Quality public education, modern highway systems, and reasonably priced housing—these are just some of the qualities that once made California one of the most desirable places to live. Just a few decades later, the state finds itself with an education system that is failing its citizens, one of the highest unemployment rates in the nation, and a quickly evaporating dream of home ownership.
Illustrating each step of the breakdown that led to its current state of dysfunction, Not So Golden After All: The Rise and Fall of California provides insight into a system gone amuck. It addresses complicated topics in an engaging manner to help the public and leaders alike understand how to make policies that balance expectations with outcomes. Key political themes covered include disconnected institutions, perpetually unbalanced budgets, immigration, voter ignorance, interest group influence, and dysfunctional institutions. Investigating the gridlock that has become all too common within the state’s legislature, the book:
Author Larry Gerston leaves no stone unturned in his discussion of California's economy, position on the Pacific Rim, cultural diversity, land and water issues, and its relationship with the federal government. He examines the state’s infrastructure, natural resources, immigration issues, education, finance, healthcare, civil rights, planning and development, security, laws, political parties, and power structures to provide civic leaders and policy makers with the understanding required to restore the sheen to this once glistening paradise.The Contra Costa Times discussed Larry Gerston's recent Commonwealth Club lecture in a May 17, 2012 article. Read an interview with Larry Gerston in The Mercury News.
The Turnstile Society
Comings and Goings
Uneven Opportunities and Consequences
Upside Down State
Broke and Falling Further Behind by the Day
Countless Pieces of an Unfinished Puzzle
Highways and Byways
Environmental Stewardship—A Plus and Model for Other Improvements
Weakened Political Capacity
The Lost Luster—Where Has It Gone and How Do We Get It Back?
The Canary in the Mine
The Land of Movements and Trends
Aimee Semple McPherson
The Growing Chasm between the Haves and the Have Nots
Income and Taxation Patterns
Personal Income and Poverty
Income and Taxation Patterns in Perspective
K–12 Public Education
Social Welfare Programs
What Safety Net?
Magnet for Visionaries
Dreams and Dollars
Disneyland and Others
The Lure of Escape
Innovation and Entrepreneurship
An Uncertain Future
Dreams, Deliverables, and Disappointments
Immigrants: Cultures and Controversies
From Farmers to Assemblers to Engineers
Life in the ’Burbs—Where There Is No There There
A Tale of Few Real Cities and Many Pretenders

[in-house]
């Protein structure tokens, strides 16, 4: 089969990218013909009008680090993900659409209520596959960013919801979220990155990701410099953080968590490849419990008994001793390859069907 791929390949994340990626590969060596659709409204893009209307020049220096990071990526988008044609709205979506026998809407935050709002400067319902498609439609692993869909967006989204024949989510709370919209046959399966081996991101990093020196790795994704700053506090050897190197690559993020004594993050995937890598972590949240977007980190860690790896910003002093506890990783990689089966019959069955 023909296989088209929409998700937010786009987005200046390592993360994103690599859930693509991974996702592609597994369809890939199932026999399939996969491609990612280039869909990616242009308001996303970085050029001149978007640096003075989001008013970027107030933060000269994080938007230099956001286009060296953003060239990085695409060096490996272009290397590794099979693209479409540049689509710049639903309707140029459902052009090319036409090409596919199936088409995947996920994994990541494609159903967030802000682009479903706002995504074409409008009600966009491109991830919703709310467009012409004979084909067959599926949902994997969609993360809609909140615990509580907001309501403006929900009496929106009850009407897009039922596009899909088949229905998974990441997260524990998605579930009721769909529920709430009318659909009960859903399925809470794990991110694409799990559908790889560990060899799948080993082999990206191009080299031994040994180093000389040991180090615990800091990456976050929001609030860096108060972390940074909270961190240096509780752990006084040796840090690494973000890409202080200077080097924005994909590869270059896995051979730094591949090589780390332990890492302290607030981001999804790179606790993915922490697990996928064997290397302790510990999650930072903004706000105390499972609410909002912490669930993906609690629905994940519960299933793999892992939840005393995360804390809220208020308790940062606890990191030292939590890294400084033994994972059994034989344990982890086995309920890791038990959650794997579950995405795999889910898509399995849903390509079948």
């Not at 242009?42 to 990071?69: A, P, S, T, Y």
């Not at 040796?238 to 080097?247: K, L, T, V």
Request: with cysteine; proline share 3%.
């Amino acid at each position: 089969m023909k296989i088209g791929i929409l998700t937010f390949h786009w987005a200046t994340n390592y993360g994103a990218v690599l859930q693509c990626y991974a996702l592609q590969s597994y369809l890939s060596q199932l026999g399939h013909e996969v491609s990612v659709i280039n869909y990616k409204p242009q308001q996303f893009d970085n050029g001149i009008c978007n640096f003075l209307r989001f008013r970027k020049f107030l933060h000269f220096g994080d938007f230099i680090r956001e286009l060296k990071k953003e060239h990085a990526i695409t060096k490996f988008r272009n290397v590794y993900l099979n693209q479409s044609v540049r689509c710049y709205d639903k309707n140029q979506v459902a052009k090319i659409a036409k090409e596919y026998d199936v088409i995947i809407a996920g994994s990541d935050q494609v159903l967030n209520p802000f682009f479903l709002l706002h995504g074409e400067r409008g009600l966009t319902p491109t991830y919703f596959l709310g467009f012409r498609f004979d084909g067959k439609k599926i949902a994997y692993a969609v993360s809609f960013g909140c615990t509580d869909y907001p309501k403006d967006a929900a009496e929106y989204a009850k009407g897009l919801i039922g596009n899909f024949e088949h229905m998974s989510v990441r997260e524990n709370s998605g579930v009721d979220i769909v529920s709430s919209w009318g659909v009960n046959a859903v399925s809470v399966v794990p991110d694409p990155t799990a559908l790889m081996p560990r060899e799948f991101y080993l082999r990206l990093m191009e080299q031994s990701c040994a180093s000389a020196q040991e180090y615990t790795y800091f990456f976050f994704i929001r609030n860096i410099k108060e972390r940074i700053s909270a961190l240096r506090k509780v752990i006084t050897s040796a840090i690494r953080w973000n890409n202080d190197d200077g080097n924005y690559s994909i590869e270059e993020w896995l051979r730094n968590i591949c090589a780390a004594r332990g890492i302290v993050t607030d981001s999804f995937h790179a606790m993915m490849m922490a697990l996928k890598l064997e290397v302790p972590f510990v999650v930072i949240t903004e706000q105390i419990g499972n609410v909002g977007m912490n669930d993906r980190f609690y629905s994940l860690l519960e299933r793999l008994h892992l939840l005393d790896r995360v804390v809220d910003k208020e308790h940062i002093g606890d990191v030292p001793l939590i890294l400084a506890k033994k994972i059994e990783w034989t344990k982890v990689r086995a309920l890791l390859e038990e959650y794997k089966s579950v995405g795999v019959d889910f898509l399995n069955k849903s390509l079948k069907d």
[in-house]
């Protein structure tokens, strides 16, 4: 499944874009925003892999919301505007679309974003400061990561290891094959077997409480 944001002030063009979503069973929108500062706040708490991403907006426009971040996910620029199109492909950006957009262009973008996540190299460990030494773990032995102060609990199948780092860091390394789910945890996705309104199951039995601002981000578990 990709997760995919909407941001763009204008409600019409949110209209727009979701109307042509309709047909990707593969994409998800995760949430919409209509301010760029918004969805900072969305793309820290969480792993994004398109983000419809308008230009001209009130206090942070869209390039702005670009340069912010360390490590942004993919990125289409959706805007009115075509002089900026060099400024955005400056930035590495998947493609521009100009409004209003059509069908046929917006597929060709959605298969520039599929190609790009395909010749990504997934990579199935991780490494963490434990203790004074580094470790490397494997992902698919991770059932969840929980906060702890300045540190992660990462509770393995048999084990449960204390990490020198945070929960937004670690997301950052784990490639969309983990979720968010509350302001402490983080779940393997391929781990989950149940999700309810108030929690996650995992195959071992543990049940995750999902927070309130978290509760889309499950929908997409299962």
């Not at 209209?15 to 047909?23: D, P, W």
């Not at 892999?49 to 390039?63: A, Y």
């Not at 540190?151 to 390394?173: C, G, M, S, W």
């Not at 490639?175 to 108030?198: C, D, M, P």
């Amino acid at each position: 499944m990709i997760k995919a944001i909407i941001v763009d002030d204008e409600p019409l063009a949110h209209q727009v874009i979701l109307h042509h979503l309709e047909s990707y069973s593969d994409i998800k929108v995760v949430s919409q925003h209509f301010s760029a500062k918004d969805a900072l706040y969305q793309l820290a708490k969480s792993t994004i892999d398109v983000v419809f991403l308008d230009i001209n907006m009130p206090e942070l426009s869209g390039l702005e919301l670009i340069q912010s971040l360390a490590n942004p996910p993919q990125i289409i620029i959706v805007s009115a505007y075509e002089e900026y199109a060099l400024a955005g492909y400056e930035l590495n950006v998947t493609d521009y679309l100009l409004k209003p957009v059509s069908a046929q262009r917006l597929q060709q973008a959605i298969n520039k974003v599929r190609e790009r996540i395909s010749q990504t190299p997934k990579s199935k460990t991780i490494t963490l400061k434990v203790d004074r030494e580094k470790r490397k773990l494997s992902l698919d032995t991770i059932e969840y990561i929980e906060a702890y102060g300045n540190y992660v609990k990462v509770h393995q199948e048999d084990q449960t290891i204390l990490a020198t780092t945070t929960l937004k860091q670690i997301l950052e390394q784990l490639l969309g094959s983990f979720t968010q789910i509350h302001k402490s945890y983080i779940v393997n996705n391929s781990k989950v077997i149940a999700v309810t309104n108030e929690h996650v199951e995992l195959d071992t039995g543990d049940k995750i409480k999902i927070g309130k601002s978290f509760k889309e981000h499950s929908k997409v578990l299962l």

East Coast Cities Grow Up, California Cities Grow Out
Missing Public Services
Moving Out and Staying Behind
It’s Still Segregation, No Matter How You Frame It
Fractured Local Governments: Unnecessary Costs and Duplicative Responsibilities
The Costs in Dollars
Weak Ability to Perform
Too Much Democracy?
Private Interests Take Charge
Ripping Up Trolley Tracks in Los Angeles
San Francisco Tweets
Development of Newhall Ranch
El Toro Marine Base—When Right Beats Might
Who’s Really in Charge?
Making Local Governments Work
City Leaders and Competing Definitions of the Public Good
Infrastructure on the Brink of Collapse
Parking Lots for Highways
Unwilling to Pay
Toll Roads—Solution or a Bigger Problem?
Separating the Haves from the Have-Nots…Again
Water: Tapped Out
The Geographical Challenge
Warring Interest Groups
Sacramento–San Joaquin Delta: A Pending Disaster
The Energy Struggle
The California Model for Clean Air
Generating Clean Electricity
AB 32—The New Standard for Environmental Protection?
Why Growth of the Prison Population?
The Price of Incarceration
Prison Conditions: The Straw That Broke the Camel’s Back
Choosing Penury over Safety
Rebuilding the Infrastructure One Brick at a Time
Where’s the Party?
Who Belongs to What?
Nonpartisan Local Elections
The Missing Links
Management of Nominations
The "Top Two" System
A Repeat of History?
"Top Two" for Whom?
Legislators and Fundraising
Taking Advantage of Elective Office
Weak Party Governance
Where the Lines Are and Are Not Drawn
The Curse of the Two-Thirds Vote
Party Rivalry between the Branches
The Price of Watered-Down Partisanship
Land of Institutional Gridlock
Hijacked! How Powerful Interests Have Taken Over the State
RESTORING THE DREAM
Can This Patient Be Saved?
Self-knowledge is a requirement for self-correction. In its candor, comprehensiveness, and call for reform, Not So Golden After All offers step number one in the political twelve-step program upon which California must embark if it wishes to redeem its heritage.
—Kevin Starr, Professor of History, University of Southern California & California State Librarian Emeritus